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The First of May in Paris

TUESDAY, 1st MAY WAS a public holiday in France – La Fête du Travail. In Paris, it was an opportunity for the whole spectrum of political opinion to take to the streets. The Left marched from Denfert-Rechereau to Bastille, Nicolas Sarkozy held a UMP rally at Trocadéro and the far-right Front National used the occasion to mark the 600th anniversary of the birth of Jeanne d’Arc, Maid of Orléans and national heroine of France.

Such a wide political spectrum on display and the prospect of interesting sounds to collect gave me quite a problem in deciding whom to follow.

In the end, I decided to follow the Front National, the smallest of the events but perhaps, I thought, the most interesting. Since I’ve lived in Paris I’ve seen, followed and recorded endless marches and demonstrations by the Left in various guises but never anything by the far Right. This seemed like an opportunity to redress that balance. I joined their march at the statue of Jeanne d’Arc in the rue Rivoli and followed it to the Place de l’Opéra.

Sounds of the march:

More sounds of the march:

At the Place de l’Opéra the procession congregated in front of and around the Opéra Garnier. A stage had been erected on the steps of the Opéra with a large backdrop featuring Jeanne d’Arc.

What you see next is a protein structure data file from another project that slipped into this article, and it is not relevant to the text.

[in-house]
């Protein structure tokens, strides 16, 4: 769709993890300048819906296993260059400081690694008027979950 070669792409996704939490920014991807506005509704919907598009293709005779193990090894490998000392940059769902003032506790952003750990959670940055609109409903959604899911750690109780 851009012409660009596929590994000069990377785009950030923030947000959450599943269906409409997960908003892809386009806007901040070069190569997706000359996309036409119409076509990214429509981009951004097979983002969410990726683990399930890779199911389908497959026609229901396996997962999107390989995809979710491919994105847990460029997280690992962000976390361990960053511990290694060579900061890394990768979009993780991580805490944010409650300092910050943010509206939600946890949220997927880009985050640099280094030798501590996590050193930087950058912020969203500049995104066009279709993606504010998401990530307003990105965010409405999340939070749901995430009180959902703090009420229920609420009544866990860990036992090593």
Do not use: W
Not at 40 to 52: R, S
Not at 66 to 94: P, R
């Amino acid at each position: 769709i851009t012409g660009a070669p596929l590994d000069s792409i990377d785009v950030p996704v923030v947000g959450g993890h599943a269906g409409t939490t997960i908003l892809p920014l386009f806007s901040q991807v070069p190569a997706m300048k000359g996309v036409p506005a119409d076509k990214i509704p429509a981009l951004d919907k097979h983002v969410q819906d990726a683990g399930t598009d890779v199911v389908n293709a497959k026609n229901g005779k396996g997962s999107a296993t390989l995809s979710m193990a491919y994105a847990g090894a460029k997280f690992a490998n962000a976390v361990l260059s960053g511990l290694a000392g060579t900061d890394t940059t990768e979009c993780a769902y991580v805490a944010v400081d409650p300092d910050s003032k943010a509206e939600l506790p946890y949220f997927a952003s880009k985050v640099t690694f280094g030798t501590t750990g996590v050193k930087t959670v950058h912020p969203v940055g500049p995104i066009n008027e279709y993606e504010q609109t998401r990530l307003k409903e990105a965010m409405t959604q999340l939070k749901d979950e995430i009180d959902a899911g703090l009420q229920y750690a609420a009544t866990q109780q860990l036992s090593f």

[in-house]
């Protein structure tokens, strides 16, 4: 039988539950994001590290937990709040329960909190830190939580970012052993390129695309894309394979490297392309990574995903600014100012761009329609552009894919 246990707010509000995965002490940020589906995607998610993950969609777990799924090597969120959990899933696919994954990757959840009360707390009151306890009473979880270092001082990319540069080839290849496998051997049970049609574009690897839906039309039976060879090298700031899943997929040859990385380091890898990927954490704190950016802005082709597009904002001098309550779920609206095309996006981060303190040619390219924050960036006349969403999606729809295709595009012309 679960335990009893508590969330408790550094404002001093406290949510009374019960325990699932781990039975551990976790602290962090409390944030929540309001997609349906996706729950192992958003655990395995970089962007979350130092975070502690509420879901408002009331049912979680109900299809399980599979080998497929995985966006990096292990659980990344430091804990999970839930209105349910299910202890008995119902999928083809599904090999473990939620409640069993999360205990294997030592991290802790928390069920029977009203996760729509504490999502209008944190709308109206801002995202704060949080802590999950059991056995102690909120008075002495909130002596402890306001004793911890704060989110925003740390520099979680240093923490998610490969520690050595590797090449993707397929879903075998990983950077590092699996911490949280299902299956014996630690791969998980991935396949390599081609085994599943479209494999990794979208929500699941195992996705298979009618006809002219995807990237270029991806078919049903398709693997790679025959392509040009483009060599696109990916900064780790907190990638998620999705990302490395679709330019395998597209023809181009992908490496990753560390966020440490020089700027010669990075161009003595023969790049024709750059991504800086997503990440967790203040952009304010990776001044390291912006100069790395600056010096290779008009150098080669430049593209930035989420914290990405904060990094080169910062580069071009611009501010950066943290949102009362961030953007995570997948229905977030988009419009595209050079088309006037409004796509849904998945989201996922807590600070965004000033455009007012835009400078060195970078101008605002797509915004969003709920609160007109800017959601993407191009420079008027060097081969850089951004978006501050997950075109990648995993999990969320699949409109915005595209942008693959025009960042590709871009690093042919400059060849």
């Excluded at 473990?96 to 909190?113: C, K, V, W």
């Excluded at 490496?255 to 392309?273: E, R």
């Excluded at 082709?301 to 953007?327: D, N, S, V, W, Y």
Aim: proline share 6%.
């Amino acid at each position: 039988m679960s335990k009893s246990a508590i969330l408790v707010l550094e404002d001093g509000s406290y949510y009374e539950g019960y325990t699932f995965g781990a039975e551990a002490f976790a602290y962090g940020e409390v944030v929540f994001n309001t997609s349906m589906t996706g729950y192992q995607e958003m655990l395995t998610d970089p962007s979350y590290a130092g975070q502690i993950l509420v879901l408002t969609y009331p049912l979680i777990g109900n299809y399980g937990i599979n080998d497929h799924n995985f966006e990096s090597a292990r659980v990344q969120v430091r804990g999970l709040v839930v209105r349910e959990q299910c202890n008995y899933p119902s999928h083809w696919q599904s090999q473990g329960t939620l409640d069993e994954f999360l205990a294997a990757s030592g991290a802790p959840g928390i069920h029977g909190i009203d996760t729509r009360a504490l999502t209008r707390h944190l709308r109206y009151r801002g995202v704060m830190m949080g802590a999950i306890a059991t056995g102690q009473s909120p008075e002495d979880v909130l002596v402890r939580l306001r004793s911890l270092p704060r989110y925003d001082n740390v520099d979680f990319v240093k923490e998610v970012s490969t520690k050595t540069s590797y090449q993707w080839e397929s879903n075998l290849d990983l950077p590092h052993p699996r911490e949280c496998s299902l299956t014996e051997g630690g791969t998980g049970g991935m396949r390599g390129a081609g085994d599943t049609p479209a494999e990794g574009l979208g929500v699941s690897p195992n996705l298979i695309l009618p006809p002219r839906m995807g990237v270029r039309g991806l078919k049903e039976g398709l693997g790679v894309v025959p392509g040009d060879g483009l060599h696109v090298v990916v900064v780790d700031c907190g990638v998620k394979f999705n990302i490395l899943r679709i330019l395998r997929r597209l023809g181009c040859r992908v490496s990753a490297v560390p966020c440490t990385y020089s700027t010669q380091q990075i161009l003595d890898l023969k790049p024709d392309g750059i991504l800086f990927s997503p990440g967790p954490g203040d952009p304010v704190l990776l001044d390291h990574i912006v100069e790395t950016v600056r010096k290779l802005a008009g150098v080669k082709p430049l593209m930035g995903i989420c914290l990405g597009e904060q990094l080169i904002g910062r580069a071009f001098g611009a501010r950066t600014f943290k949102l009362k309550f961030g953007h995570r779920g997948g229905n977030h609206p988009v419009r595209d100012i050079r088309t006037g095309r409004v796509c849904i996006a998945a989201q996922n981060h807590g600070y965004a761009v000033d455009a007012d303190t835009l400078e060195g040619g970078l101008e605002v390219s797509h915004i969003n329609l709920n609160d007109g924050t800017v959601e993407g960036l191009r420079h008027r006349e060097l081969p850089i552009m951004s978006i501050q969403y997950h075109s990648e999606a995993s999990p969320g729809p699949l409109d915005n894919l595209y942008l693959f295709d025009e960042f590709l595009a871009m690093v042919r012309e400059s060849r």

I arrived at l’Opéra about forty-five minutes before the speeches began so I had time to look around. I found this delightful lady whose politics I couldn’t share but whose personality was absolutely infectious.

I was also reminded that although this was a public holiday, for at least one radio reporter this was a working day. She had recorded some vox pops and was editing them on her Nagra ARES before sending them by satellite link to her radio station.

For the Front National faithful the centrepiece of the day came at midday with the speeches. Given the Front National’s remarkable result in the first round of La Presidentielle where they achieved almost 20% of the vote the speeches were eagerly anticipated.

Jean-Marie Le Penn spoke first. He is the former leader of the Front National and now the Président d’Honneur. At the end of his speech he introduced his daughter, Marine Le Penn, the current Président of La Front National.

Jean-Marie Le Penn:

Marine Le Penn:

After following the march and listening to the speeches (Marine Le Penn spoke for about an hour) I was exhausted. I did though find the energy to go to Trocadéro where I emerged from the Métro station into a crowd of 200,000 Sarkozy supporters … but that is another story.